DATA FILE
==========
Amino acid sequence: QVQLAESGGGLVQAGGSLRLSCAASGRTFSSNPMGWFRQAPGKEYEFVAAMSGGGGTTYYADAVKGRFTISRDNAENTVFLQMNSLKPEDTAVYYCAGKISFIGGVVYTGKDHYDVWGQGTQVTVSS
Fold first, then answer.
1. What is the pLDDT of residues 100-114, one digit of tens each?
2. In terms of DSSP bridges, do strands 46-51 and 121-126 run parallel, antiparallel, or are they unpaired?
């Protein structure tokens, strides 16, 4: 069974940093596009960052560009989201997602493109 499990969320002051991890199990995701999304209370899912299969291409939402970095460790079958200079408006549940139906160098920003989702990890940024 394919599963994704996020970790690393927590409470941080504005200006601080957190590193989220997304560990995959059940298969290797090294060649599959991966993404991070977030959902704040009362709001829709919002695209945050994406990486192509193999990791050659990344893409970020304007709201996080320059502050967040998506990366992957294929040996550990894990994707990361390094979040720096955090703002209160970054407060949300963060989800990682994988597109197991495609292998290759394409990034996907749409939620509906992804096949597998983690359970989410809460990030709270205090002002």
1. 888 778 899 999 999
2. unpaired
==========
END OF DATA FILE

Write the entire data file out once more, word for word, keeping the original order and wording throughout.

Amino acid sequence: QVQLAESGGGLVQAGGSLRLSCAASGRTFSSNPMGWFRQAPGKEYEFVAAMSGGGGTTYYADAVKGRFTISRDNAENTVFLQMNSLKPEDTAVYYCAGKISFIGGVVYTGKDHYDVWGQGTQVTVSS
Fold first, then answer.
1. What is the pLDDT of residues 100-114, one digit of tens each?
2. In terms of DSSP bridges, do strands 46-51 and 121-126 run parallel, antiparallel, or are they unpaired?
């Protein structure tokens, strides 16, 4: 069974940093596009960052560009989201997602493109 499990969320002051991890199990995701999304209370899912299969291409939402970095460790079958200079408006549940139906160098920003989702990890940024 394919599963994704996020970790690393927590409470941080504005200006601080957190590193989220997304560990995959059940298969290797090294060649599959991966993404991070977030959902704040009362709001829709919002695209945050994406990486192509193999990791050659990344893409970020304007709201996080320059502050967040998506990366992957294929040996550990894990994707990361390094979040720096955090703002209160970054407060949300963060989800990682994988597109197991495609292998290759394409990034996907749409939620509906992804096949597998983690359970989410809460990030709270205090002002």
1. 888 778 899 999 999
2. unpaired